Pulsed Light Sources

Pulsed Light Sources


Pulsed light sources are used to produce single or periodically repeated bursts of light lasting from fractions of a microsecond to several tens of milliseconds.

Pulsed light sources are subdivided into two types depending on the method of conversion of various types of energy into light radiation. The first category includes devices that use the light radiation of low-temperature plasma, obtained by means of a condensed spark discharge in gases, exploding wires, and the pinch effect. The action of sources of the second type is based on the short excitation of a phosphor as a result of the passage of an electric current through it or on irradiation by an electron beam. Optical frequency oscillators (pulsed lasers) may serve as pulsed light sources. Flash lamps (with an efficiency of conversion of electric energy into light energy of up to 50–70 percent), which are pulsed light sources of the first type, have found widest application as pulsed light sources.

Pulsed light sources are used in automation and remote control in devices that have channels of light control and data transmission, in optical radar and communications, in optical telephony, in range finders, and in thickness gauges. Devices with pulsed light sources for obtaining timing marks, photorecording, the manufacture of clichés, and other purposes have been developed. Pulsed light sources are used in photochemistry for the photolysis, photosynthesis, and study of excited quantum states of atomic and molecular particles. All types of pulsed light sources have found broad application for pumping the active media of optical frequency oscillators.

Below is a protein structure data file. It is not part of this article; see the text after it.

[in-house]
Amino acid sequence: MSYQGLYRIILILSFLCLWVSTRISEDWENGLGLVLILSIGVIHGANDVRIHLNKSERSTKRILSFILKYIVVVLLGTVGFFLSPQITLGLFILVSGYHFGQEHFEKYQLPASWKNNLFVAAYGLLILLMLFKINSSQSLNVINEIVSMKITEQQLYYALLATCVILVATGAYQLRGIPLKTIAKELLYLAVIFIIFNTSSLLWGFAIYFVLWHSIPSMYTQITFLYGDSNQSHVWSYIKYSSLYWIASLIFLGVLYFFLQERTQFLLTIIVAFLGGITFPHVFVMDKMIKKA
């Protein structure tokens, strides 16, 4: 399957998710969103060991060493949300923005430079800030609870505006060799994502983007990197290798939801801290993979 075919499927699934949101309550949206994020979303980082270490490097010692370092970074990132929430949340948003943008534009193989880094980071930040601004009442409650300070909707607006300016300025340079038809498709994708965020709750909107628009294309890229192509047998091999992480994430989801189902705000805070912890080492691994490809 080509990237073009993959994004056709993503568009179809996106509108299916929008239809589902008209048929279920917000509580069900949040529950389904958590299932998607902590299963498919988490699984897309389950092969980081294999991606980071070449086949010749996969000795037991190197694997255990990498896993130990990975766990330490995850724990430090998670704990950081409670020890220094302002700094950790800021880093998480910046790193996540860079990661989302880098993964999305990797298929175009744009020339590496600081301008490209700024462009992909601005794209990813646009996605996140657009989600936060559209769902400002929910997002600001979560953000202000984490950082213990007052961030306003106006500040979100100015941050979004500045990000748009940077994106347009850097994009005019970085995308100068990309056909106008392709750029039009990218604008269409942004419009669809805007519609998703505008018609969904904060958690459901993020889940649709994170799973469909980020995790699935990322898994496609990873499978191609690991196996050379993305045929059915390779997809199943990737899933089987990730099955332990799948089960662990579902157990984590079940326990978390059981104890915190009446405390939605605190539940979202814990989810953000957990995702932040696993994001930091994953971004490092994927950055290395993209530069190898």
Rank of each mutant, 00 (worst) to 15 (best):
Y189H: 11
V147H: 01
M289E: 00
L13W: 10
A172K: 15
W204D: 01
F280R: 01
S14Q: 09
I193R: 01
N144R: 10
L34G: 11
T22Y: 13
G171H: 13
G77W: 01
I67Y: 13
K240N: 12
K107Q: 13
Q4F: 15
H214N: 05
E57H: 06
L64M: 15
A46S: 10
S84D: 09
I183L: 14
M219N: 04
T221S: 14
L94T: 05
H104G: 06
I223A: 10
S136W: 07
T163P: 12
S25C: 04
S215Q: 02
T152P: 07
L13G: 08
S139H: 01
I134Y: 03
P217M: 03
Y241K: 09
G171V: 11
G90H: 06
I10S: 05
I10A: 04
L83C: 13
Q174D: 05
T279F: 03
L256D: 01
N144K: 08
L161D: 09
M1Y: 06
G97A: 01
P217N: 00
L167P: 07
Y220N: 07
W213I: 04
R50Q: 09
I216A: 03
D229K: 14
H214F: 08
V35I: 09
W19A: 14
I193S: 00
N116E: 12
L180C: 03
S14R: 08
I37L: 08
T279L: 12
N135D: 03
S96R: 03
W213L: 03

The improvement of pulsed light sources has been directed toward increasing the intensity and efficiency of radiation in certain spectral bands, expanding the range of controllability, and increasing reliability and operating life.


Marshak, I.S. Impul’snye istochniki sveta. Moscow-Leningrad, 1963.

Rokhlin, G.N. Gazorazriadnye istochniki sveta. Moscow-Leningrad, 1966.


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Note these micro-thermal gradients and selective photo thermolysis effects exist only for super pulsed light sources.
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Spectra from all 8 channels may be gathered at precisely the same time, making the card ideal for applications involving pulsed light sources and transient spectral events.
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Cathodeon manufactures a wide range of continuous, modulated, and pulsed light sources covering the 100nm to 2000nm spectral range.

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